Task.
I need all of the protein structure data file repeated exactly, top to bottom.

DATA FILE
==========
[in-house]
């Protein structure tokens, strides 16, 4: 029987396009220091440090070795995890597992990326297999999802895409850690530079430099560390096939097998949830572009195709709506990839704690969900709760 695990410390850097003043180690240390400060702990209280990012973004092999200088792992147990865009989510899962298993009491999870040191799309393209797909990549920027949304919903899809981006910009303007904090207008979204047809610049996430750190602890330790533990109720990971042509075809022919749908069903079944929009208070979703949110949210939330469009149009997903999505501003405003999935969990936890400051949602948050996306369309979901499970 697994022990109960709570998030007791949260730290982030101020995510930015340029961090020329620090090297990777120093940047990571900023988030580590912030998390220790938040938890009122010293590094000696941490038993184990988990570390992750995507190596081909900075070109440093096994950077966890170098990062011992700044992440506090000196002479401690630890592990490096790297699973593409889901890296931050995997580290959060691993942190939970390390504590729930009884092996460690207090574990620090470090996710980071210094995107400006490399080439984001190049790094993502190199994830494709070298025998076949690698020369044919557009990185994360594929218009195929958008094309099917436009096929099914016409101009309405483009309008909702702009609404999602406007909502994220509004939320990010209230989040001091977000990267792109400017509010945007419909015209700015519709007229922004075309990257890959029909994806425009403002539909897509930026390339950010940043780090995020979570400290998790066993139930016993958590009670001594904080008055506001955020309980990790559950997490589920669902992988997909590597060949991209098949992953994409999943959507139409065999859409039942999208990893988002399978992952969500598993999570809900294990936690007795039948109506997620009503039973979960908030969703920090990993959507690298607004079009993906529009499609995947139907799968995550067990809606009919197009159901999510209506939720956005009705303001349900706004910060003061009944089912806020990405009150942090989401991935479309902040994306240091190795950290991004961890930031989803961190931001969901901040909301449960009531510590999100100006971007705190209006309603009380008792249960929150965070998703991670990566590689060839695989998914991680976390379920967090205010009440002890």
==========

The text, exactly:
[in-house]
């Protein structure tokens, strides 16, 4: 029987396009220091440090070795995890597992990326297999999802895409850690530079430099560390096939097998949830572009195709709506990839704690969900709760 695990410390850097003043180690240390400060702990209280990012973004092999200088792992147990865009989510899962298993009491999870040191799309393209797909990549920027949304919903899809981006910009303007904090207008979204047809610049996430750190602890330790533990109720990971042509075809022919749908069903079944929009208070979703949110949210939330469009149009997903999505501003405003999935969990936890400051949602948050996306369309979901499970 697994022990109960709570998030007791949260730290982030101020995510930015340029961090020329620090090297990777120093940047990571900023988030580590912030998390220790938040938890009122010293590094000696941490038993184990988990570390992750995507190596081909900075070109440093096994950077966890170098990062011992700044992440506090000196002479401690630890592990490096790297699973593409889901890296931050995997580290959060691993942190939970390390504590729930009884092996460690207090574990620090470090996710980071210094995107400006490399080439984001190049790094993502190199994830494709070298025998076949690698020369044919557009990185994360594929218009195929958008094309099917436009096929099914016409101009309405483009309008909702702009609404999602406007909502994220509004939320990010209230989040001091977000990267792109400017509010945007419909015209700015519709007229922004075309990257890959029909994806425009403002539909897509930026390339950010940043780090995020979570400290998790066993139930016993958590009670001594904080008055506001955020309980990790559950997490589920669902992988997909590597060949991209098949992953994409999943959507139409065999859409039942999208990893988002399978992952969500598993999570809900294990936690007795039948109506997620009503039973979960908030969703920090990993959507690298607004079009993906529009499609995947139907799968995550067990809606009919197009159901999510209506939720956005009705303001349900706004910060003061009944089912806020990405009150942090989401991935479309902040994306240091190795950290991004961890930031989803961190931001969901901040909301449960009531510590999100100006971007705190209006309603009380008792249960929150965070998703991670990566590689060839695989998914991680976390379920967090205010009440002890």